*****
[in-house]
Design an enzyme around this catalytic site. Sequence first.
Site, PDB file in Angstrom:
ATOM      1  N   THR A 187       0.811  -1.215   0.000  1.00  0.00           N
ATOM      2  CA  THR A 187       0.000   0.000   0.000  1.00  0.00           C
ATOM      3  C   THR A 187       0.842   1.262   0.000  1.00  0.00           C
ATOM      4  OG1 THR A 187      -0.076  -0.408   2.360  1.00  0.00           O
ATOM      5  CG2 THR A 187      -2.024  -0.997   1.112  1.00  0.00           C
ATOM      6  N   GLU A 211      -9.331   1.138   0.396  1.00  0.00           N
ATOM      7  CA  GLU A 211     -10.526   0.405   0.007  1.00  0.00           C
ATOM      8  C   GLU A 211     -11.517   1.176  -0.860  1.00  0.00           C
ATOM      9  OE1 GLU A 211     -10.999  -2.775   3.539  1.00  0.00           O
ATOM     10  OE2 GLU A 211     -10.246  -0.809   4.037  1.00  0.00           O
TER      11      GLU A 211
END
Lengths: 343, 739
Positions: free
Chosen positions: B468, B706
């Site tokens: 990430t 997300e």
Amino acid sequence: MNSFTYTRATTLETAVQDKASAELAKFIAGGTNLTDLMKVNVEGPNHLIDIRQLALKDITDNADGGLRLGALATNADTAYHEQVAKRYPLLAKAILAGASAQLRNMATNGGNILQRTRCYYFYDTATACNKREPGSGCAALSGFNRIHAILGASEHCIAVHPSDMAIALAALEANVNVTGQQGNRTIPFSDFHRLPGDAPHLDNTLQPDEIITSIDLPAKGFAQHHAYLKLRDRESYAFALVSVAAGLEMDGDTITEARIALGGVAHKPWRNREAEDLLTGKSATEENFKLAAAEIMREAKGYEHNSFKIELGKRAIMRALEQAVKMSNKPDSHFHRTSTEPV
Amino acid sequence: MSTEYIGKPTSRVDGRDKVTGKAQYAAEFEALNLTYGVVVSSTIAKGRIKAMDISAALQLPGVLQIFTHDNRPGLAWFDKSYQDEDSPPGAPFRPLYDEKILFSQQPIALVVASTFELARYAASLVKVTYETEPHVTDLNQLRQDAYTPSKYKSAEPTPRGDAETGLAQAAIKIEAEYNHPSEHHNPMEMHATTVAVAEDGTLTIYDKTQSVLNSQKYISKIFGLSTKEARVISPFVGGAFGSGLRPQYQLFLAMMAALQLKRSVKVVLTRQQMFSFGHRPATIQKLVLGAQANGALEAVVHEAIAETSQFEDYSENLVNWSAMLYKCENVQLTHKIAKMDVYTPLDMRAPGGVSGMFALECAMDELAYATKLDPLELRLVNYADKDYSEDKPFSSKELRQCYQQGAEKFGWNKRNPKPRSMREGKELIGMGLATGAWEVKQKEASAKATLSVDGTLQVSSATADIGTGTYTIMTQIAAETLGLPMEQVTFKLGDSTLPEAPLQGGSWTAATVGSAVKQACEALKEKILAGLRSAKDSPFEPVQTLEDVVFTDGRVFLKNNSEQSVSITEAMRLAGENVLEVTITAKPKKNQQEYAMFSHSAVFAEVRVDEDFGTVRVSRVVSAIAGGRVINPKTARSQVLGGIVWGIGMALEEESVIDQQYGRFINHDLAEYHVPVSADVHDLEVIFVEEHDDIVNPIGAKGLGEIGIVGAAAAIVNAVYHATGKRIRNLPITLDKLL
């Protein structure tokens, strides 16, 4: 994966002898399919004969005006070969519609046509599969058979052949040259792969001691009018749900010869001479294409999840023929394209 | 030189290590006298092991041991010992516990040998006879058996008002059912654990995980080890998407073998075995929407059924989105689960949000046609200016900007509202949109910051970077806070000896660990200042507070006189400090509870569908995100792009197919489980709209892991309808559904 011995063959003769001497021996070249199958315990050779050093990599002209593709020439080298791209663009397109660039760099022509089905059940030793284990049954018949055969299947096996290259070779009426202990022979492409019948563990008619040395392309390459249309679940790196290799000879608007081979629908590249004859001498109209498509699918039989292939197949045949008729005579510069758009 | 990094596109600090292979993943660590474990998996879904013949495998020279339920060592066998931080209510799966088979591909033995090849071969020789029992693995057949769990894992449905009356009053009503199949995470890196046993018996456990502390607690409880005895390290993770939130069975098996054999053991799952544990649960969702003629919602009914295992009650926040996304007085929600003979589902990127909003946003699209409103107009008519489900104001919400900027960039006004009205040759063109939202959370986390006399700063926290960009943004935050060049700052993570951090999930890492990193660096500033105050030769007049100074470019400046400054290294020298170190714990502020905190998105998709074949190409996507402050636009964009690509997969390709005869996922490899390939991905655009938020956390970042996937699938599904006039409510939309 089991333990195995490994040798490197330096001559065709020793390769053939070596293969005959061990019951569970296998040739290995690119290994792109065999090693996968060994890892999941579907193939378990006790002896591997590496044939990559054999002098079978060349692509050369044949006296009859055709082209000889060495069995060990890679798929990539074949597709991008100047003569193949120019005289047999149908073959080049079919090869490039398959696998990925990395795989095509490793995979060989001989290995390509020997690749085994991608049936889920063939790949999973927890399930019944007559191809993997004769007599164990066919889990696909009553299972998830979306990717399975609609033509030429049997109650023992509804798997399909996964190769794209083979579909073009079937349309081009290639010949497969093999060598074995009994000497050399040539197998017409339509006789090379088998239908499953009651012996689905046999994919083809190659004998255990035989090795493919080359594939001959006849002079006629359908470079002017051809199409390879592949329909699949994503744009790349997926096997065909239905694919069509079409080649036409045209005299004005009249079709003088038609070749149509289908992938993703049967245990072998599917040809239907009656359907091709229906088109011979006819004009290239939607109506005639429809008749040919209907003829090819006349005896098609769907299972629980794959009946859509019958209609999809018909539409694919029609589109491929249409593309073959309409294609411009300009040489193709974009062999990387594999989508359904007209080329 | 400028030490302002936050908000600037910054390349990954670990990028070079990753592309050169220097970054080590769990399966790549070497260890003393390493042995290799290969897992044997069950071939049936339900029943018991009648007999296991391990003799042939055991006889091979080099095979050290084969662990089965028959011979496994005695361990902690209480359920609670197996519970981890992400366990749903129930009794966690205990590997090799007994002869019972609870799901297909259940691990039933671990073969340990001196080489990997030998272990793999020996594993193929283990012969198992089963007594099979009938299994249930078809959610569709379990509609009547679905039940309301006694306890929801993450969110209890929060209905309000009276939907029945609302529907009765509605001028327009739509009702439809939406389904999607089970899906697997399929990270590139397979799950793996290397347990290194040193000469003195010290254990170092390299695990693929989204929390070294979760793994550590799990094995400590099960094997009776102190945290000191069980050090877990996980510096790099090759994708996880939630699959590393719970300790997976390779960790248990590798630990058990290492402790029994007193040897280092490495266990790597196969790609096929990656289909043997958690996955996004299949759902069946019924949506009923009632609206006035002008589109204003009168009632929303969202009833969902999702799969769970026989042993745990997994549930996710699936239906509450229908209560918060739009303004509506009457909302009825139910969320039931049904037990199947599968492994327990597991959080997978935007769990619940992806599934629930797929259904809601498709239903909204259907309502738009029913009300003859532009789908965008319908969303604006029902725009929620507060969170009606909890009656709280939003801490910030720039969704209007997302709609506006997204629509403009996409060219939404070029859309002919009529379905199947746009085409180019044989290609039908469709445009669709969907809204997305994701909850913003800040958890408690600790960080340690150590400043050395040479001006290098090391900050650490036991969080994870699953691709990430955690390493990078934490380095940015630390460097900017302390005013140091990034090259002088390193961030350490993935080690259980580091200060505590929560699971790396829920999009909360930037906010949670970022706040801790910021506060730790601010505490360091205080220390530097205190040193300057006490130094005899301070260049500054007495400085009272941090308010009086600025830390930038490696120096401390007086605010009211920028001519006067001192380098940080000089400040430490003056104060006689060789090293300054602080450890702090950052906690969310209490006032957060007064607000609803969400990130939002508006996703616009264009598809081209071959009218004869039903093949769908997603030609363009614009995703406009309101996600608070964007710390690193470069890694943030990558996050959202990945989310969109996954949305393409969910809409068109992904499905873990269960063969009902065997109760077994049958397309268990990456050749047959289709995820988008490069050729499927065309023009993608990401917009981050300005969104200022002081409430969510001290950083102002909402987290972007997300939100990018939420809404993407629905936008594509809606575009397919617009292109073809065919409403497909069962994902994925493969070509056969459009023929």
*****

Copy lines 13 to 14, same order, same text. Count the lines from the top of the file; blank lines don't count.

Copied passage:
ATOM     10  OE2 GLU A 211     -10.246  -0.809   4.037  1.00  0.00           O
TER      11      GLU A 211